Rock climbing is one of the most intensive, challenging natural outdoor sports there is. Climbing in a gym provides all of the same benefits for mind and body. Mistakenly, many believe that rock climbing is for people with tremendous upper body strength. While it is true that rock climbing does require upper body strength, it also requires the focus and engagement of just about every single muscle in your body. Developed climbers have a tremendous amount of strength in their core, their legs, their upper body, their feet, and their hands. Even novice climbers notice how quickly they build muscle mass, definition, and muscle memory.
Spirituality plays a part in climbing as well. Many spiritual lessons can be gained from the way you approach a route to the way you climb it. For example, you have to accept what has been given you, whether on a natural route or a manmade route. Within the route, there is an answer, there is always a solution, you just have to get through the crux to find it. Climbing asks you to have patience, to focus on your breath, to take it slow, to go with the flow, to trust, and to have humility. From all of these lessons we gain a better sense of self, more confidence, and, according to research, we can lessen our experience with depression and anxiety.
Depression and anxiety are a natural part of recovery. Most people who get sober experience both depression and anxiety within their first year. Drugs and alcohol are mind-altering chemicals, which includes alteration of the way hormones and neurotransmitters are produced. Engaging the body in regular exercise activities that are stimulating for the body and the mind can reduce those passing symptoms. Post acute withdrawal syndrome, the recurrence of symptoms of withdrawal, can happen on and off again for up to the first 18 months of sobriety.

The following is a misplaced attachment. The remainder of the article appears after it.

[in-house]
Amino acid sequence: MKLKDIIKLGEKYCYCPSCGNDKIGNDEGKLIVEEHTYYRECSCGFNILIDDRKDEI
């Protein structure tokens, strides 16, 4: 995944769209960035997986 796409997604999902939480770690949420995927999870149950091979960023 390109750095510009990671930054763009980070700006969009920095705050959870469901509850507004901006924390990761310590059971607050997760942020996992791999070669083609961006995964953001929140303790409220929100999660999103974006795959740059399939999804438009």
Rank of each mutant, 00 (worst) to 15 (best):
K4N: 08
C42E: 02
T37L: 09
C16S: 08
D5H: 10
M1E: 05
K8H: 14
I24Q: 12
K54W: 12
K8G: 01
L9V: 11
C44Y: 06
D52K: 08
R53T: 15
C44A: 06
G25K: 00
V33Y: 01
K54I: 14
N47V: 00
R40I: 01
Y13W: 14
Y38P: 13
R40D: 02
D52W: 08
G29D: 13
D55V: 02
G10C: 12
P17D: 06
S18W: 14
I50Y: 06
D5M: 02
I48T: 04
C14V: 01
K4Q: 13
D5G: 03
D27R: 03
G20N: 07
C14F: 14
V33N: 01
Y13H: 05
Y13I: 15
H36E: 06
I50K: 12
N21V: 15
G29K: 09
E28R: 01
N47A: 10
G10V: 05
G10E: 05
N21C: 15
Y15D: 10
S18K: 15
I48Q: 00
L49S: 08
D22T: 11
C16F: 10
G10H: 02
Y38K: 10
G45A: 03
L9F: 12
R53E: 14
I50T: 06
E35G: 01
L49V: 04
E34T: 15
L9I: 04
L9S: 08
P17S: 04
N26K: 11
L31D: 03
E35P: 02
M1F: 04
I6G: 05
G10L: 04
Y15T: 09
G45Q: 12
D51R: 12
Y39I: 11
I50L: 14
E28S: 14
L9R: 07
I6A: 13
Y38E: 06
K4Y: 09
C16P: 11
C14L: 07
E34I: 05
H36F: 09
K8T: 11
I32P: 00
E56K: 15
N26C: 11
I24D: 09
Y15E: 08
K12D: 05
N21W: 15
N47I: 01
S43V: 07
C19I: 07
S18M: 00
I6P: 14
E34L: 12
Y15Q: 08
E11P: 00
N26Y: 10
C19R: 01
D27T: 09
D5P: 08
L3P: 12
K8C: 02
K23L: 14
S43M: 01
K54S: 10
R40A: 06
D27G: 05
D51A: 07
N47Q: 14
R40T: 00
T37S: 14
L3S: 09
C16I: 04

The University of Arizona found that bouldering, rock climbing on shorter routes without a harness and rope, greatly reduces depression and anxiety. More than 100 adults participated, one group of whom immediately started bouldering and the other who had to wait. Each group bouldered for three hours a week for eight weeks. The researchers used the Beck’s Depression Inventory and Symptom Check List Revised to evaluate the effect bouldering was having. A significant improvement of over six points came to those who could start bouldering immediately. Though each group spent three hours a week for eight weeks bouldering, the group whose start was delayed saw just over a one point improvement.
Tree House Recovery, a men’s residential treatment program for addiction in Portland, Oregon, focuses on immersing residents into their natural environments and abilities. Building the body and the mind, we teach men how to find freedom from addiction through sustainable change. Call us today for information: (855) 969-5181